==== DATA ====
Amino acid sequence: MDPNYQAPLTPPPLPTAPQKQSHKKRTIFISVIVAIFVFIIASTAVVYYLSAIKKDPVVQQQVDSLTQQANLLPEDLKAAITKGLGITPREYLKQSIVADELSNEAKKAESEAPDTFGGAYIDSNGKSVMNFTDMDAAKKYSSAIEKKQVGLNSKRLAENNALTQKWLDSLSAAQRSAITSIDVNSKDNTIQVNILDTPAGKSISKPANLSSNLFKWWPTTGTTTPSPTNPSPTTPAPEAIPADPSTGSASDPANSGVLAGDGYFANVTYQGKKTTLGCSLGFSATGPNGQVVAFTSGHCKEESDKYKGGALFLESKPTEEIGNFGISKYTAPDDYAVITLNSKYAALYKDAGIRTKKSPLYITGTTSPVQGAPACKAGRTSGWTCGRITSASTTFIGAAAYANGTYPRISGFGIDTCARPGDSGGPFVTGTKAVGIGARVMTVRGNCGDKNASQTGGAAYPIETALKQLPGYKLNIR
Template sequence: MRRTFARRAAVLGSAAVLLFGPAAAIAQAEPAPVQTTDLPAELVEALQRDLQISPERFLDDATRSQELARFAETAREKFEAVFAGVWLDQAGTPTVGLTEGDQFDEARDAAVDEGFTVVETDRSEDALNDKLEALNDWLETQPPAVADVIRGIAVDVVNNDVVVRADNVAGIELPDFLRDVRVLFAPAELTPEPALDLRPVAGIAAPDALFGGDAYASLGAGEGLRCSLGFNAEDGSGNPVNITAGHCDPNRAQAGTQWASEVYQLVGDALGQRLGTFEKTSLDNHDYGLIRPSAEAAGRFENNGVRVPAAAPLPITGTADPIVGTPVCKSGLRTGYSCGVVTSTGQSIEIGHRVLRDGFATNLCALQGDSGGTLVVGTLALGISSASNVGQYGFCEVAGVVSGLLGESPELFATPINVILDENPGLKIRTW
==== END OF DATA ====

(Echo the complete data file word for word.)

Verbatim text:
Amino acid sequence: MDPNYQAPLTPPPLPTAPQKQSHKKRTIFISVIVAIFVFIIASTAVVYYLSAIKKDPVVQQQVDSLTQQANLLPEDLKAAITKGLGITPREYLKQSIVADELSNEAKKAESEAPDTFGGAYIDSNGKSVMNFTDMDAAKKYSSAIEKKQVGLNSKRLAENNALTQKWLDSLSAAQRSAITSIDVNSKDNTIQVNILDTPAGKSISKPANLSSNLFKWWPTTGTTTPSPTNPSPTTPAPEAIPADPSTGSASDPANSGVLAGDGYFANVTYQGKKTTLGCSLGFSATGPNGQVVAFTSGHCKEESDKYKGGALFLESKPTEEIGNFGISKYTAPDDYAVITLNSKYAALYKDAGIRTKKSPLYITGTTSPVQGAPACKAGRTSGWTCGRITSASTTFIGAAAYANGTYPRISGFGIDTCARPGDSGGPFVTGTKAVGIGARVMTVRGNCGDKNASQTGGAAYPIETALKQLPGYKLNIR
Template sequence: MRRTFARRAAVLGSAAVLLFGPAAAIAQAEPAPVQTTDLPAELVEALQRDLQISPERFLDDATRSQELARFAETAREKFEAVFAGVWLDQAGTPTVGLTEGDQFDEARDAAVDEGFTVVETDRSEDALNDKLEALNDWLETQPPAVADVIRGIAVDVVNNDVVVRADNVAGIELPDFLRDVRVLFAPAELTPEPALDLRPVAGIAAPDALFGGDAYASLGAGEGLRCSLGFNAEDGSGNPVNITAGHCDPNRAQAGTQWASEVYQLVGDALGQRLGTFEKTSLDNHDYGLIRPSAEAAGRFENNGVRVPAAAPLPITGTADPIVGTPVCKSGLRTGYSCGVVTSTGQSIEIGHRVLRDGFATNLCALQGDSGGTLVVGTLALGISSASNVGQYGFCEVAGVVSGLLGESPELFATPINVILDENPGLKIRTW